CAIRO - Arab foreign ministers on Sunday accused Iran of interfering in the affairs of other Middle East states and undermining regional security, as officials met at an emergency Arab League session to discuss escalating tensions in the region.
The crisis between the Sunni Muslim kingdom of Saudi Arabia and Shi'ite Muslim power Iran, both major oil exporters, started when Saudi authorities executed Shi'ite cleric Nimr al-Nimr on Jan. 2, triggering outrage among Shi'ites across the Middle East.
In response, Iranian protesters stormed the Saudi embassy in Tehran, prompting Riyadh to sever relations. Tehran then cut all commercial ties with Riyadh, and banned pilgrims from travelling to Mecca.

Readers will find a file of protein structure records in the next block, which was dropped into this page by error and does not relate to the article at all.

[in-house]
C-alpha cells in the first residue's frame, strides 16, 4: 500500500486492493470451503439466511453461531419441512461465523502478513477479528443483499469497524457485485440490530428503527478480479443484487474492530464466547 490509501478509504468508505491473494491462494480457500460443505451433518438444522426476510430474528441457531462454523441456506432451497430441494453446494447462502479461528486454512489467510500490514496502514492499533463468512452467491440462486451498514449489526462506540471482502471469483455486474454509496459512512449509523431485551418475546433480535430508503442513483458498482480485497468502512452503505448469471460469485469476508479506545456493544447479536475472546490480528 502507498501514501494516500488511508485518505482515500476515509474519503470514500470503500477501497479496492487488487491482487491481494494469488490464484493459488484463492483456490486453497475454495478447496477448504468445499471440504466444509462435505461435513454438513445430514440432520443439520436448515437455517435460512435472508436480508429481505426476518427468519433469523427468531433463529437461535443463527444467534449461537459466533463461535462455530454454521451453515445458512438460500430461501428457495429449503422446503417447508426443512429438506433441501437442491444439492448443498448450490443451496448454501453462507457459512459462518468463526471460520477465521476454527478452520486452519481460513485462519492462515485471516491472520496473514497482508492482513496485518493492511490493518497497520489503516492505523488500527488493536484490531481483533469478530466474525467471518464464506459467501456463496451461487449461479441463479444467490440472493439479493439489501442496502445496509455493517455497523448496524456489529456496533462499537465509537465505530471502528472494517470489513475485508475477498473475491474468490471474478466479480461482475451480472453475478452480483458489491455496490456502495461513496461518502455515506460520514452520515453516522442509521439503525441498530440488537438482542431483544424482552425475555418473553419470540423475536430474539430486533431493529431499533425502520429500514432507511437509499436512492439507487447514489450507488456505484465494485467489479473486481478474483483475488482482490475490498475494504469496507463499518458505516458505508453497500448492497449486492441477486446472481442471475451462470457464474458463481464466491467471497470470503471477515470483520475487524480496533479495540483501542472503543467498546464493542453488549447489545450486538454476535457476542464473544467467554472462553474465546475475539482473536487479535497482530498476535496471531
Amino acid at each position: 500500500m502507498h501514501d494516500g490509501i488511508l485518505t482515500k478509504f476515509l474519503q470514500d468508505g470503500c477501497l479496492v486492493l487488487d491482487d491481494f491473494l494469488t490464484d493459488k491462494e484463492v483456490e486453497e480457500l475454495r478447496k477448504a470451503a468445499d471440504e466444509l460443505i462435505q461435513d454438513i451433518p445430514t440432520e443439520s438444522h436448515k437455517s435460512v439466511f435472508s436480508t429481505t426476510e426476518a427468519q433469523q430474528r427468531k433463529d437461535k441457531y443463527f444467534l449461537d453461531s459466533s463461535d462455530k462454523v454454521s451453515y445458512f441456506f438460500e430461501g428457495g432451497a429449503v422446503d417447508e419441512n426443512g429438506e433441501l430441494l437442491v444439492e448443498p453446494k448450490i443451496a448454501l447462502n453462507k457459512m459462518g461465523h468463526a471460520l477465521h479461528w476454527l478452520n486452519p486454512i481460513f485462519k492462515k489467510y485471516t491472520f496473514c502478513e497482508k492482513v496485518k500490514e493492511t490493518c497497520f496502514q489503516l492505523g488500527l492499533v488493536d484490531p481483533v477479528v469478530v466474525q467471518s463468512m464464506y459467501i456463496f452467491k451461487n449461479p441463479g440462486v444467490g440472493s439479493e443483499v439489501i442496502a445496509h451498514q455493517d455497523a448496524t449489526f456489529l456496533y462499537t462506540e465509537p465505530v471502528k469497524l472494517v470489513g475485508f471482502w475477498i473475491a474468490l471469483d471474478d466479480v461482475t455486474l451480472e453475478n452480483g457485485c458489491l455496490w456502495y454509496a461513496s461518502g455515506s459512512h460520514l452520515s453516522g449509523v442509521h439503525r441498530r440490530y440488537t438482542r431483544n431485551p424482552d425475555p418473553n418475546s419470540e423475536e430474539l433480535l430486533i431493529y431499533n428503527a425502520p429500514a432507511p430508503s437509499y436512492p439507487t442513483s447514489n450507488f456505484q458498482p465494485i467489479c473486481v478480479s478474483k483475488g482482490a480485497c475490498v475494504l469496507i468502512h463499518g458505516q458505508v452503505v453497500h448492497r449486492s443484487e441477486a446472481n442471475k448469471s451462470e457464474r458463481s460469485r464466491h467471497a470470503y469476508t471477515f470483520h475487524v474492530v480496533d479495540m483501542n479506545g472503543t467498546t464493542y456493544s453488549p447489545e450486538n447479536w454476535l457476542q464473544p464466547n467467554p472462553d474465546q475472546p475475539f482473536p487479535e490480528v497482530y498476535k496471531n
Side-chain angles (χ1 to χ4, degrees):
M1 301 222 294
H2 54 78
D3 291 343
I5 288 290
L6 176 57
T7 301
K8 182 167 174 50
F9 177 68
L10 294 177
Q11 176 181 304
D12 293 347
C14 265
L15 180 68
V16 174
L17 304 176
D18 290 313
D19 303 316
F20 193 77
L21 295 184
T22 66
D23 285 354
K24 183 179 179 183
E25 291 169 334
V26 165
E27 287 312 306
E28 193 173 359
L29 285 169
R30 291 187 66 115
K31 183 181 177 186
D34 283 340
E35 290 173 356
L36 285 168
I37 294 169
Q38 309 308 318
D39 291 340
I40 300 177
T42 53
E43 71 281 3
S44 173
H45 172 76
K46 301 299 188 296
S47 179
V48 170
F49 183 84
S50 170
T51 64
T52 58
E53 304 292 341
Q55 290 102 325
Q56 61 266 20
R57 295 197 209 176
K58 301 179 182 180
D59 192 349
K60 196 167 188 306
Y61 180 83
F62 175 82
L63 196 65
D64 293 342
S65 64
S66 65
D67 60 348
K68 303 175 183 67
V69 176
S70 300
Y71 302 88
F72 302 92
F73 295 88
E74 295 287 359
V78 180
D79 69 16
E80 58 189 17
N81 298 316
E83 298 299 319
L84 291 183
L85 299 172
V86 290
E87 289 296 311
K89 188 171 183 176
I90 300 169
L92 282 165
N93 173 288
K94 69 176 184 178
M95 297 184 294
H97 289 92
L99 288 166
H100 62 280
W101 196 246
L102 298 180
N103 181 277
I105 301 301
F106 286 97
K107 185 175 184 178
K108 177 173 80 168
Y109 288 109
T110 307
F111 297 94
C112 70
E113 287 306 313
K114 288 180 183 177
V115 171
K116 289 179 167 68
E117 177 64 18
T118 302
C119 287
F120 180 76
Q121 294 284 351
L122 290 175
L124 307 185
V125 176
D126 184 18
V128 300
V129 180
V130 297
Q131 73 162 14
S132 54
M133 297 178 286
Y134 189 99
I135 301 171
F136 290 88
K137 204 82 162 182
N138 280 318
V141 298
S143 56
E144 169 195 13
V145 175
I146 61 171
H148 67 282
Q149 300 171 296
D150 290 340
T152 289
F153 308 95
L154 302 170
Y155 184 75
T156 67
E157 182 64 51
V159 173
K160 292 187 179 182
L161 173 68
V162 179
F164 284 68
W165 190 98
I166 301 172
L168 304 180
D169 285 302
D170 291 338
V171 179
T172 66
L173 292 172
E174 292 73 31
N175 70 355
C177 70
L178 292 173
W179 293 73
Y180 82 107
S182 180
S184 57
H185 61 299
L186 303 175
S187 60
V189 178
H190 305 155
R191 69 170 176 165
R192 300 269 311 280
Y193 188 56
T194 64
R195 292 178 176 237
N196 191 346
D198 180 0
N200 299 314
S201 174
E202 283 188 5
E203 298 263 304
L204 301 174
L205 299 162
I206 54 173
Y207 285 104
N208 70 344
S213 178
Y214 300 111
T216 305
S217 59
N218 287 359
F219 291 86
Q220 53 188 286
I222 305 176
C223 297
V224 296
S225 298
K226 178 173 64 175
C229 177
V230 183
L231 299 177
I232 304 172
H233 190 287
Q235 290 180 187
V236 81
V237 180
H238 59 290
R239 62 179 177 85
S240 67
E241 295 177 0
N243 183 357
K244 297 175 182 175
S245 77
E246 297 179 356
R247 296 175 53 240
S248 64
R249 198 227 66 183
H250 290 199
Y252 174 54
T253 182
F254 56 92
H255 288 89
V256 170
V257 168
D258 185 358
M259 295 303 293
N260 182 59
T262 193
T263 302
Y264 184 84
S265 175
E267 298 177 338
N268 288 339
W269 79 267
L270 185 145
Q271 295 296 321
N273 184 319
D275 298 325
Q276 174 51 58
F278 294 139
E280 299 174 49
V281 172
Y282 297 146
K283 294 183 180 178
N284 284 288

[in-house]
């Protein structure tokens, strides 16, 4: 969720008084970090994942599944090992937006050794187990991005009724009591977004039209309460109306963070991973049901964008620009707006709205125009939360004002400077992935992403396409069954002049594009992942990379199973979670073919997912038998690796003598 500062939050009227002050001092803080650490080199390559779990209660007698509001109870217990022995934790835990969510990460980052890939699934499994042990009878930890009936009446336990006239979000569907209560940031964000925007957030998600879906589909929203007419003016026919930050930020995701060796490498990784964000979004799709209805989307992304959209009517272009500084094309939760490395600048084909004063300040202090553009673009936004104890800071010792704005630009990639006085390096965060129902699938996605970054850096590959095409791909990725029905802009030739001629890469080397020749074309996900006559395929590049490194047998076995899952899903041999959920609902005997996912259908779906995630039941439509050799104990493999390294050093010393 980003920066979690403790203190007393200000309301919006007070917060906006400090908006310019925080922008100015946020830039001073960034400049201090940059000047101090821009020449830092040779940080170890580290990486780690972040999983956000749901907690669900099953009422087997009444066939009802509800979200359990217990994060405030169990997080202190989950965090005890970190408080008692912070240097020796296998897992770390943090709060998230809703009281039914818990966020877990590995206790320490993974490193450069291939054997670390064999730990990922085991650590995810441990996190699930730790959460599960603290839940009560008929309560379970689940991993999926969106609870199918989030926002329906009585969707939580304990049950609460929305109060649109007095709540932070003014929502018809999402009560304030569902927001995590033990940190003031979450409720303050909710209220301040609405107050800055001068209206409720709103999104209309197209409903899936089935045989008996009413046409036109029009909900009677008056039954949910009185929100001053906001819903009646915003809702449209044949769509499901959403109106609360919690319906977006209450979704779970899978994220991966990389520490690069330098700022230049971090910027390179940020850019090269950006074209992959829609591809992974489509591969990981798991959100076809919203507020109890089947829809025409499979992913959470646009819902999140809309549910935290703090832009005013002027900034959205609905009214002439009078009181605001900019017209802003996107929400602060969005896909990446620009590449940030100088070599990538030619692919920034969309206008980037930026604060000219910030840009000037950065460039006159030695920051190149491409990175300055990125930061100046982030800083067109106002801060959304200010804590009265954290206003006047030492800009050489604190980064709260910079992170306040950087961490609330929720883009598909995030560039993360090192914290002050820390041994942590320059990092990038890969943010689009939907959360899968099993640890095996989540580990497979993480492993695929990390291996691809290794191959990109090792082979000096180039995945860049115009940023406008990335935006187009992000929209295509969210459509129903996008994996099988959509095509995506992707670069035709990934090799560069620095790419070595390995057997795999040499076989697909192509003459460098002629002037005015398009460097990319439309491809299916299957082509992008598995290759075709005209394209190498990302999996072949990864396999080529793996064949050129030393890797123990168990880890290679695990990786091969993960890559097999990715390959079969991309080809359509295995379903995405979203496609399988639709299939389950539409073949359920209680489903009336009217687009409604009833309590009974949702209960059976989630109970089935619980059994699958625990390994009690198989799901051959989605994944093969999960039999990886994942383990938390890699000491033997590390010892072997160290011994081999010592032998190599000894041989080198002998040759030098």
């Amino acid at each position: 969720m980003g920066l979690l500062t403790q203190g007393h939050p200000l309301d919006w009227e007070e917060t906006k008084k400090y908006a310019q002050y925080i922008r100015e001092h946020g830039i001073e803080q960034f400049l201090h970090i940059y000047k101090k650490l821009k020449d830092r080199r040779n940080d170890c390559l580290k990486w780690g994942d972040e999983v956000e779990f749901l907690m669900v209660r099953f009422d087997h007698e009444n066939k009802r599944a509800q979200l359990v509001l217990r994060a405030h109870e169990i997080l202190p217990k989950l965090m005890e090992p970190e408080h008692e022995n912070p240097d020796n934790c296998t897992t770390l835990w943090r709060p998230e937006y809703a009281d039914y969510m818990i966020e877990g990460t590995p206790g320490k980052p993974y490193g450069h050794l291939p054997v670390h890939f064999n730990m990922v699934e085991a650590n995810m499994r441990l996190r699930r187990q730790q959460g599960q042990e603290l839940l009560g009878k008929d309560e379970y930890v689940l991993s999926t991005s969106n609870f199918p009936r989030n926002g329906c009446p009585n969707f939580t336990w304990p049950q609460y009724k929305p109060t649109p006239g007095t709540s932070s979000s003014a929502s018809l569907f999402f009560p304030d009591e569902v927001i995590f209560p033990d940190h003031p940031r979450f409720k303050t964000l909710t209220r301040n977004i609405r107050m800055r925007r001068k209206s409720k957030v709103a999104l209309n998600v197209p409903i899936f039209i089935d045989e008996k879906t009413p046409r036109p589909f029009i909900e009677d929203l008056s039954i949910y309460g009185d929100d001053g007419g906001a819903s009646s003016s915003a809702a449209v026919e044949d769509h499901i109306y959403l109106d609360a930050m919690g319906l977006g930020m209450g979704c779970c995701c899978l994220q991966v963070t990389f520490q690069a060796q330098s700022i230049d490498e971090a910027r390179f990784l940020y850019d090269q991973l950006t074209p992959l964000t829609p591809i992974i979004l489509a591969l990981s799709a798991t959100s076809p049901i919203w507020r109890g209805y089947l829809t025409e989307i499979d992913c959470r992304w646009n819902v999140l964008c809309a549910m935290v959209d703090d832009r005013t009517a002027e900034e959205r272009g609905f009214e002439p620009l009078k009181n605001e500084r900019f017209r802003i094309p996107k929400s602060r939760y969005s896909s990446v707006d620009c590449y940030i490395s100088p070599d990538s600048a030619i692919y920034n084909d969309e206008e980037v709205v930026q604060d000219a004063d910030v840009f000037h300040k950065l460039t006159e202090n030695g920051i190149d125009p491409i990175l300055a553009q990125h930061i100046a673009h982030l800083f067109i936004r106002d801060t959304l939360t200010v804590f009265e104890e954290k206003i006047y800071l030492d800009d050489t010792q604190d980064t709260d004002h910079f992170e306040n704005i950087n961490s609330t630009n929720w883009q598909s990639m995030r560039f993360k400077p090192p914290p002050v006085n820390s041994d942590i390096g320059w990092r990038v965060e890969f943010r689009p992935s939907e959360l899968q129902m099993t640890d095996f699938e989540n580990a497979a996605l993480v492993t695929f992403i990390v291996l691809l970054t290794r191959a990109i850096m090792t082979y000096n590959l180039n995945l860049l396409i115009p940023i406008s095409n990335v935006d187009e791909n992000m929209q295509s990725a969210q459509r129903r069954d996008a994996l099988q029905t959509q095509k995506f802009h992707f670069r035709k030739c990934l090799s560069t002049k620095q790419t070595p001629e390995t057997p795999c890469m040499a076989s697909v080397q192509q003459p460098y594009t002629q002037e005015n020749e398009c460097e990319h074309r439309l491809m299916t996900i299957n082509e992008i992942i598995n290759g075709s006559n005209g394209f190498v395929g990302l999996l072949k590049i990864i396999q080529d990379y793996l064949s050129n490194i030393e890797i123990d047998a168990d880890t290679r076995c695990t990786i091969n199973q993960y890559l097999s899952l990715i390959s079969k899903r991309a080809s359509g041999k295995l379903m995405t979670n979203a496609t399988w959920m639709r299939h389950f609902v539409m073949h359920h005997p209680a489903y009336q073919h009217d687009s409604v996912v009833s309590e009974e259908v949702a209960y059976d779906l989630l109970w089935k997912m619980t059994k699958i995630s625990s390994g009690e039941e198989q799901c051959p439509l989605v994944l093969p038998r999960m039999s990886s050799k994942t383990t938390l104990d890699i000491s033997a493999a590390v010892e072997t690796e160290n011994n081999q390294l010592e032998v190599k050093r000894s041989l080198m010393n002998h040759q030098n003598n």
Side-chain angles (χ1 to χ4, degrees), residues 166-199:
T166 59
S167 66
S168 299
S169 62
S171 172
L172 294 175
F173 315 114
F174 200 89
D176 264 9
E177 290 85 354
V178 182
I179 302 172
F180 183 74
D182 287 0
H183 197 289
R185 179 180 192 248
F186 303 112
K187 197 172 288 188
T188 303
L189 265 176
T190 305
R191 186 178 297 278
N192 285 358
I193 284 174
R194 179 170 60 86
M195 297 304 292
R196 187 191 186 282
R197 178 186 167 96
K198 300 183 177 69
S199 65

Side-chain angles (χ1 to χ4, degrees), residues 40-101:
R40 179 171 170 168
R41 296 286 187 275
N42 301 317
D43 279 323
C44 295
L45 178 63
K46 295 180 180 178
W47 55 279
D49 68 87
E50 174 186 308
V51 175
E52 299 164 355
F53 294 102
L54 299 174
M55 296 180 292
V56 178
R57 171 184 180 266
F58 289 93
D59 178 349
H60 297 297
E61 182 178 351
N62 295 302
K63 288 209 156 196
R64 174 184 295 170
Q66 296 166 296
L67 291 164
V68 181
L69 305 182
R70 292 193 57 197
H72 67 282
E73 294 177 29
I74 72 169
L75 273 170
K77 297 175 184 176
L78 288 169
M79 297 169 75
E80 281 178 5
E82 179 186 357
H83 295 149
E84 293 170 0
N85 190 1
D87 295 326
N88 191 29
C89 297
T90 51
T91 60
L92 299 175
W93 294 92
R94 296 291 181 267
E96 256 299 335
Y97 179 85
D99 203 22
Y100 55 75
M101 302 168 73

Opening the emergency Arab League session in Cairo, United Arab Emirates Foreign Minister Sheikh Abdullah bin Zayed al-Nahyan said the meeting "comes in light of a dangerous escalation".
Saudi Arabia said on Saturday after an extraordinary Gulf Cooperation Council meeting that it would take "additional measures" against Iran, but did not elaborate further.
"We strongly condemn the attacks on diplomatic missions by Iran and absolutely reject the Iranian policy of interference in the affairs of the kingdom and any other Arab state," Nahyan said. "Iran does not hesitate to exploit sectarianism as a way to gain control of the region," he added. "These attacks clearly reflect the approach that the Iranian policy is taking in our Arab region specifically ... with its interference in the affairs of the (region's) states and instigation of sectarian strife and shaking its security and stability," said Saudi Foreign Minister Adel al-Jubeir.